First, we notice how constrained and constricted this artery of transport seems to be, how slowly the traffic is moving. Then we see how this choked and choking road is infiltrated, either by people on foot squeezing though the stationery cars, cabs and trucks, or by bicycles shimmering through even this most hostile of environments, drawn too, one presumes, by the promise of the quickest route through town. Then, as the green man shows and we move across the road, how much traffic, whether motored or pedalled, wheeled or walking, is packed into this tiny corridor. Huge numbers of people are using the Euston Road as their route and moving on to the pavement on the other side of the road from King’s Cross station, we notice how many of them are on foot and how many are sat behind steering wheels; there are many more people walking across, along and around the road than are driving along it despite the apparent contradiction of the space allocated to pavement and carriageway.
Across the road and away from the vehicles we are free to wander through the side streets and squares of Bloomsbury towards whatever destination we find alluring. On foot in London and other cities we are forced to reflect on what may well prove to be a new understanding of open space in the modern urban environment. We may envisage a spectrum of urban space, with parks and gardens at one end and arterial roads at the other. The demands of business and transport lobbies have traditionally compelled the focus of funding and political attention to be firmly set at the road end of this spectrum but after the small number of post-war decades in which the needs of the car and its driver were deemed to be king the consensus seems to be shifting towards a recognition that the people who work and live in our cities have been ill-served by the fetishisation of the car and the fashions for urban design this required.
Not too long ago expressing the view that parks and squares, walking and bicycles should be the natural order of the urban environment was to risk being labelled a dreamer or a crank. Now such a view feels more like an expression of common sense and it is a view finding increasing traction within local and even central government. The authorities that control how our cities look and function are recognising that wanting to walk or cycle is not the action of a dedicated contrarian out of step with the rest of society but instead a sensible and cost-effective option in the face of other outmoded options.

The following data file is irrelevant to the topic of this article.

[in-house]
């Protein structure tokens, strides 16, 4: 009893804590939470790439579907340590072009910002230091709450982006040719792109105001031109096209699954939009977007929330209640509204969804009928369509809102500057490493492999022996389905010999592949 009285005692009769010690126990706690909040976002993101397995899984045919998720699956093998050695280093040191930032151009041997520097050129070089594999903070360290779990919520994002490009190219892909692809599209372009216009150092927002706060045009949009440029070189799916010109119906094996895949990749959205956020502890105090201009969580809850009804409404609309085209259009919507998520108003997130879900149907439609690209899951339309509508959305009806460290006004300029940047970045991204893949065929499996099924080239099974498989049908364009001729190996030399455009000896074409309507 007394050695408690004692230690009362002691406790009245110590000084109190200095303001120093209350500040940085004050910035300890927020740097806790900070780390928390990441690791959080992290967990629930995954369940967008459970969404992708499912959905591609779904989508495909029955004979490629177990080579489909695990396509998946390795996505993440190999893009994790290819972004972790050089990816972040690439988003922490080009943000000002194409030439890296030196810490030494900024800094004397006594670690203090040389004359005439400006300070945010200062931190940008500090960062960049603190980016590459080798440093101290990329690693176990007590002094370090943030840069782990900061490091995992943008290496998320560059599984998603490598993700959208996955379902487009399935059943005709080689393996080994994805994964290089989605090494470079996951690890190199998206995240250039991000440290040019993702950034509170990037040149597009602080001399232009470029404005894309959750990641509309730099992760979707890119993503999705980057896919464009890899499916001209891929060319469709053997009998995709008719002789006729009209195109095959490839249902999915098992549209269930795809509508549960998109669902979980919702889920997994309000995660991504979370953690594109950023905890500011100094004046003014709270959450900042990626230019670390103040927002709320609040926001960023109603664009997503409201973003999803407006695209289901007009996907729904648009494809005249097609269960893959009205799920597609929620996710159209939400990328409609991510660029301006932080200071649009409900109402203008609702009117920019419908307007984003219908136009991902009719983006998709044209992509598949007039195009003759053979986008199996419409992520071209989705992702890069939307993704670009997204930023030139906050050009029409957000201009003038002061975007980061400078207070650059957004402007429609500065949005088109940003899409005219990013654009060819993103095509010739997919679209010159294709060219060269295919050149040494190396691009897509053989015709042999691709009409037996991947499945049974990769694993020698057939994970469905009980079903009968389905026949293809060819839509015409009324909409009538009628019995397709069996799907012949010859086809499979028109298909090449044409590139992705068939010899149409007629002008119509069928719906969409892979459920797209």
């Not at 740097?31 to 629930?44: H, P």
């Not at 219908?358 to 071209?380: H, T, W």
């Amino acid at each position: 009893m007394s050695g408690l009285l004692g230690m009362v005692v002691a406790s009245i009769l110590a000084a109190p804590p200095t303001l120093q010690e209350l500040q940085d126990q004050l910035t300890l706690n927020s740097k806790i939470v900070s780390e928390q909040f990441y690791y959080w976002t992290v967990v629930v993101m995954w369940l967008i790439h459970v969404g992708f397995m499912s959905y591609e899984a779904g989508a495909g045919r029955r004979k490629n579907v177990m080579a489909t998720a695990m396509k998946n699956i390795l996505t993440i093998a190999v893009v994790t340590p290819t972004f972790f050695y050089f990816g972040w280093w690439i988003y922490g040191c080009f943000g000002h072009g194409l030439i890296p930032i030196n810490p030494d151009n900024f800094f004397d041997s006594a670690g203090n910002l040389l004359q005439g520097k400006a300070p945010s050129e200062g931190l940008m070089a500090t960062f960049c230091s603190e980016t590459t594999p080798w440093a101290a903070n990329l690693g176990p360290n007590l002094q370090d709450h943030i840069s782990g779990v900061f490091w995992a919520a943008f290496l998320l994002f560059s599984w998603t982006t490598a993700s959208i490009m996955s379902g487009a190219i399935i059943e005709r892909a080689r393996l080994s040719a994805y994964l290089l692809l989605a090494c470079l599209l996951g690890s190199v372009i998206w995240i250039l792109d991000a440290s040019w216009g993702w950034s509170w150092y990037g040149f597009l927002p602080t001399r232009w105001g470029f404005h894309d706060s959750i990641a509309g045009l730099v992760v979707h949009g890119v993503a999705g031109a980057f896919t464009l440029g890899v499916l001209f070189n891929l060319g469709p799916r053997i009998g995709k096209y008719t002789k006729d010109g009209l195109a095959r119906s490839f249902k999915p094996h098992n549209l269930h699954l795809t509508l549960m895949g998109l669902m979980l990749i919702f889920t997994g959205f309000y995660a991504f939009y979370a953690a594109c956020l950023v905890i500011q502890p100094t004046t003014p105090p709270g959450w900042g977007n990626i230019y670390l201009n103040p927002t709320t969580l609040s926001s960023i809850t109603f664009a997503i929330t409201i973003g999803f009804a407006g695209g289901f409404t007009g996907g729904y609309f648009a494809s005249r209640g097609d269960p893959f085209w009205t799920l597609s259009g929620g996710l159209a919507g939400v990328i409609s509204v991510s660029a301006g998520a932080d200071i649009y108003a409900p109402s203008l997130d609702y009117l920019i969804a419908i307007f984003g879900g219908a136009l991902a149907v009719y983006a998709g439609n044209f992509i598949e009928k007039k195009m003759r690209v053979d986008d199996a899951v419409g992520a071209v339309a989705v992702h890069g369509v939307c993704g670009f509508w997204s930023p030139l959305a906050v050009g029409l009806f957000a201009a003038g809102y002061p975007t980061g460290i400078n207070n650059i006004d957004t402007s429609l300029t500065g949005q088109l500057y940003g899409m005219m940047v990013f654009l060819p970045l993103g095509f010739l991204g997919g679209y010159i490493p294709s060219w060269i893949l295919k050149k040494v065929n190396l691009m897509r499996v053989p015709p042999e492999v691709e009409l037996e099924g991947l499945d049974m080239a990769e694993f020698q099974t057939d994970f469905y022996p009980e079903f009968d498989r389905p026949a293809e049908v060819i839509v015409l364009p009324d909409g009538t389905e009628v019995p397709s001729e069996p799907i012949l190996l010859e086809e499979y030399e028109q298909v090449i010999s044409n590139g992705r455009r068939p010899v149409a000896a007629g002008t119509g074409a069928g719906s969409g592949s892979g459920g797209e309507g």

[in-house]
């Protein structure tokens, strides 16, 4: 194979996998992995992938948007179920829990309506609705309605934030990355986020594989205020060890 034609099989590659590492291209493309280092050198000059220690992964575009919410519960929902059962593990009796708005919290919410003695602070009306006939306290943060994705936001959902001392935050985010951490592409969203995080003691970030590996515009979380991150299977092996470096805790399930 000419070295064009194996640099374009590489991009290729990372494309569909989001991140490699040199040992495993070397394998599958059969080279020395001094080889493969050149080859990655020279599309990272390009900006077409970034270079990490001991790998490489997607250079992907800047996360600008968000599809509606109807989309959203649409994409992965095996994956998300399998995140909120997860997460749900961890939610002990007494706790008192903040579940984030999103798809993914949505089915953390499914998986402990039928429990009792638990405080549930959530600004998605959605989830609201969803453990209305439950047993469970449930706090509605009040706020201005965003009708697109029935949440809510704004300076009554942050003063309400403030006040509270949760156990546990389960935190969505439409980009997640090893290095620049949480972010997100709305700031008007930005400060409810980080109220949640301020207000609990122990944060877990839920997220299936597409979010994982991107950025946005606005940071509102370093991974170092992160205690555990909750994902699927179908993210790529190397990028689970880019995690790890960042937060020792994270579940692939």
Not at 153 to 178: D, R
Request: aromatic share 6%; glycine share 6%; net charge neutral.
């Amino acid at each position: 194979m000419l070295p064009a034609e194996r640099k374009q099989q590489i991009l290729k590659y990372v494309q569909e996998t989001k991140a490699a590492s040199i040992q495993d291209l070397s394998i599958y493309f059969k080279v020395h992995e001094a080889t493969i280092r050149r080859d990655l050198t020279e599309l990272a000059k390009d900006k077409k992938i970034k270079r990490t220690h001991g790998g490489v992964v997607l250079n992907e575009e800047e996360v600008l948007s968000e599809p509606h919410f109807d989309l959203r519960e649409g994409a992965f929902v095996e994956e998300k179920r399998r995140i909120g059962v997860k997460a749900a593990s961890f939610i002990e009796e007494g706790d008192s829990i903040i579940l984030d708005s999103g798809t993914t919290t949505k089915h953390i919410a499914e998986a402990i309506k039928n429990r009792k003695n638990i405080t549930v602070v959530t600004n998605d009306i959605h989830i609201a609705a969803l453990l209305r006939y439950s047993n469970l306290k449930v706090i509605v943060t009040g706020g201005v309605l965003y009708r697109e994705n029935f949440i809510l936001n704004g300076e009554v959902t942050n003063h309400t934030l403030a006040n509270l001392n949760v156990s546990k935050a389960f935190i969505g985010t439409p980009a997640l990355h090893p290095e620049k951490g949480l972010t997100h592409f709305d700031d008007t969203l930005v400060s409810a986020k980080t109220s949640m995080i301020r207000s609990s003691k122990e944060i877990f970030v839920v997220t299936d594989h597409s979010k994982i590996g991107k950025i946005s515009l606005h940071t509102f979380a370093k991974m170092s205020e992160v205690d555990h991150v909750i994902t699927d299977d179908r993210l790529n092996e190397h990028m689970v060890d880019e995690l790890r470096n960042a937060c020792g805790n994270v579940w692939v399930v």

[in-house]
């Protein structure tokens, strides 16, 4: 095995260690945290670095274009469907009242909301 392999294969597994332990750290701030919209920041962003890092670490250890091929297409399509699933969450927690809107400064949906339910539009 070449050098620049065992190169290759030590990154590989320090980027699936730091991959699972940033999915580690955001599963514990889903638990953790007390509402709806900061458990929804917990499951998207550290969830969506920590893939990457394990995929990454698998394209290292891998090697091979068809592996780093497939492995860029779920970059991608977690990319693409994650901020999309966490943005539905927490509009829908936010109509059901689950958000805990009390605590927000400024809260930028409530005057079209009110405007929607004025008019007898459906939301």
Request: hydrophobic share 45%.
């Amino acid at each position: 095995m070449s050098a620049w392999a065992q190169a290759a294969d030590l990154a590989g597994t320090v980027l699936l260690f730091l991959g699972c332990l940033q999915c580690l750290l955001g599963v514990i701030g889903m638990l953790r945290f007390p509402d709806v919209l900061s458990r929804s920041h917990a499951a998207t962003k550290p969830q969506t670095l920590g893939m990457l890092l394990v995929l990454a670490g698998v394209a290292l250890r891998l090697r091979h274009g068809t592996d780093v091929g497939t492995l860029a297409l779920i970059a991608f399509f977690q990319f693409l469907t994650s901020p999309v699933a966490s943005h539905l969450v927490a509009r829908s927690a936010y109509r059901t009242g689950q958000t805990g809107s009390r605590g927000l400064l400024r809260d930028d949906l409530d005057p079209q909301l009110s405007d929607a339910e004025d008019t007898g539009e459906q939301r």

Choosing move under one’s own steam, whether by walking or cycling, was not an obviously revolutionary act but such simplicity does increasingly seem to have proved the case. People deciding that it is more enjoyable and no slower to walk rather than get on a bus on the tube lead to a demand for their space in the city. People simply deciding that they could ride a bike around town have brought about a wholesale reimagining of transport priorities across the capital, with other towns and cities across the UK following suit.
Such decisions about how we move around the city lead inexorably to questions of how we live in the city and who can now afford the luxury of being able to walk or cycle to work. These questions have profound implications for the shape and infrastructure of our cities and also for the understanding of how our systems of economic management, taxation and property ownership should be shaped. Who is being excluded from living in such proximity to their work places and why? What needs to be done to make such sustainable and positive environments accessible to many more people? Why is it now so expensive to own and rent accommodation in our towns and cities? When could we address these issues? Where am I going to leave my bike?
It is a long way from the celebration of a station façade to a reimagining of our national economy, some might say a step too far, but there is a clear path from one to the other. It is a truism that the longest journey starts with a single step but the growing sound of footsteps may soon be too loud for our politicians to ignore.
Jonathan Ives is the editor of The Leisure Review.
The Leisure Review, December 2013
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This article was amended on 12.12.13 to correct an error of fact. St Pancras was designed by William Barlow, not Brunel as the article originally stated. Many thanks to Mike Piet for pointing this out.